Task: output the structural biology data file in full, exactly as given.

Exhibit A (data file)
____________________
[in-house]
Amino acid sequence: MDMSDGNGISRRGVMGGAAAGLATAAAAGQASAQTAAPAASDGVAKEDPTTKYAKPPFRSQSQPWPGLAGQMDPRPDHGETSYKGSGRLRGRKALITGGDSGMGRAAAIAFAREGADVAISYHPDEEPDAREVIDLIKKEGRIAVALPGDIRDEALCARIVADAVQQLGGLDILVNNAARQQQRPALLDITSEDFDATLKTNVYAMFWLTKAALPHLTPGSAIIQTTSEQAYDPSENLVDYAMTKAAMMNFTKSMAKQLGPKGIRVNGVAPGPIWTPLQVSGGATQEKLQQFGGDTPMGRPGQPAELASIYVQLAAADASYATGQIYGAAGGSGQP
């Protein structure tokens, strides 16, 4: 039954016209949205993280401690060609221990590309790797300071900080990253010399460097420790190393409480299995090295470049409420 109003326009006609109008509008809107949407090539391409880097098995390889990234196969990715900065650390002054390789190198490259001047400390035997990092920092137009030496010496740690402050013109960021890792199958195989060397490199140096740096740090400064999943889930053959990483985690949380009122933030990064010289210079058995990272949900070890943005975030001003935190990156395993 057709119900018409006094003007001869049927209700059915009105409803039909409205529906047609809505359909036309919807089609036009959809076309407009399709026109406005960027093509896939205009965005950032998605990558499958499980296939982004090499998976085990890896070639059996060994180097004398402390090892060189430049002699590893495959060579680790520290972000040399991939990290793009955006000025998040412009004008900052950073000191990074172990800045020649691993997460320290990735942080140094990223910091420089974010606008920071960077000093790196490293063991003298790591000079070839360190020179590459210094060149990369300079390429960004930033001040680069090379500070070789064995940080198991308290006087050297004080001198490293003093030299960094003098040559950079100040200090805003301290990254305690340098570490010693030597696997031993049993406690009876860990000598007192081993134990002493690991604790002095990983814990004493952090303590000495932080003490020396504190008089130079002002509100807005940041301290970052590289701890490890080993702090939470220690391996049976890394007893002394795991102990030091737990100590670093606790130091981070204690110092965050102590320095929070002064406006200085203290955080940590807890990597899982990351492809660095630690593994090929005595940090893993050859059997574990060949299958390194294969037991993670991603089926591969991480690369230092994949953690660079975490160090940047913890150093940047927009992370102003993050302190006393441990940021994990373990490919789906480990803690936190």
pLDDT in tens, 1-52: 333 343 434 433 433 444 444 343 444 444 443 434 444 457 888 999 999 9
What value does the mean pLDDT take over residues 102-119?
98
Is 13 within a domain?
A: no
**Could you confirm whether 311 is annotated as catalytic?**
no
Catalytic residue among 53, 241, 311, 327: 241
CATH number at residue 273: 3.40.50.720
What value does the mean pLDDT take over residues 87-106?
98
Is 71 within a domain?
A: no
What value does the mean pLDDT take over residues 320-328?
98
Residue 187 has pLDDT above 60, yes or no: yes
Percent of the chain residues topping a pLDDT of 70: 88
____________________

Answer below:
[in-house]
Amino acid sequence: MDMSDGNGISRRGVMGGAAAGLATAAAAGQASAQTAAPAASDGVAKEDPTTKYAKPPFRSQSQPWPGLAGQMDPRPDHGETSYKGSGRLRGRKALITGGDSGMGRAAAIAFAREGADVAISYHPDEEPDAREVIDLIKKEGRIAVALPGDIRDEALCARIVADAVQQLGGLDILVNNAARQQQRPALLDITSEDFDATLKTNVYAMFWLTKAALPHLTPGSAIIQTTSEQAYDPSENLVDYAMTKAAMMNFTKSMAKQLGPKGIRVNGVAPGPIWTPLQVSGGATQEKLQQFGGDTPMGRPGQPAELASIYVQLAAADASYATGQIYGAAGGSGQP
């Protein structure tokens, strides 16, 4: 039954016209949205993280401690060609221990590309790797300071900080990253010399460097420790190393409480299995090295470049409420 109003326009006609109008509008809107949407090539391409880097098995390889990234196969990715900065650390002054390789190198490259001047400390035997990092920092137009030496010496740690402050013109960021890792199958195989060397490199140096740096740090400064999943889930053959990483985690949380009122933030990064010289210079058995990272949900070890943005975030001003935190990156395993 057709119900018409006094003007001869049927209700059915009105409803039909409205529906047609809505359909036309919807089609036009959809076309407009399709026109406005960027093509896939205009965005950032998605990558499958499980296939982004090499998976085990890896070639059996060994180097004398402390090892060189430049002699590893495959060579680790520290972000040399991939990290793009955006000025998040412009004008900052950073000191990074172990800045020649691993997460320290990735942080140094990223910091420089974010606008920071960077000093790196490293063991003298790591000079070839360190020179590459210094060149990369300079390429960004930033001040680069090379500070070789064995940080198991308290006087050297004080001198490293003093030299960094003098040559950079100040200090805003301290990254305690340098570490010693030597696997031993049993406690009876860990000598007192081993134990002493690991604790002095990983814990004493952090303590000495932080003490020396504190008089130079002002509100807005940041301290970052590289701890490890080993702090939470220690391996049976890394007893002394795991102990030091737990100590670093606790130091981070204690110092965050102590320095929070002064406006200085203290955080940590807890990597899982990351492809660095630690593994090929005595940090893993050859059997574990060949299958390194294969037991993670991603089926591969991480690369230092994949953690660079975490160090940047913890150093940047927009992370102003993050302190006393441990940021994990373990490919789906480990803690936190």
pLDDT in tens, 1-52: 333 343 434 433 433 444 444 343 444 444 443 434 444 457 888 999 999 9
What value does the mean pLDDT take over residues 102-119?
98
Is 13 within a domain?
A: no
**Could you confirm whether 311 is annotated as catalytic?**
no
Catalytic residue among 53, 241, 311, 327: 241
CATH number at residue 273: 3.40.50.720
What value does the mean pLDDT take over residues 87-106?
98
Is 71 within a domain?
A: no
What value does the mean pLDDT take over residues 320-328?
98
Residue 187 has pLDDT above 60, yes or no: yes
Percent of the chain residues topping a pLDDT of 70: 88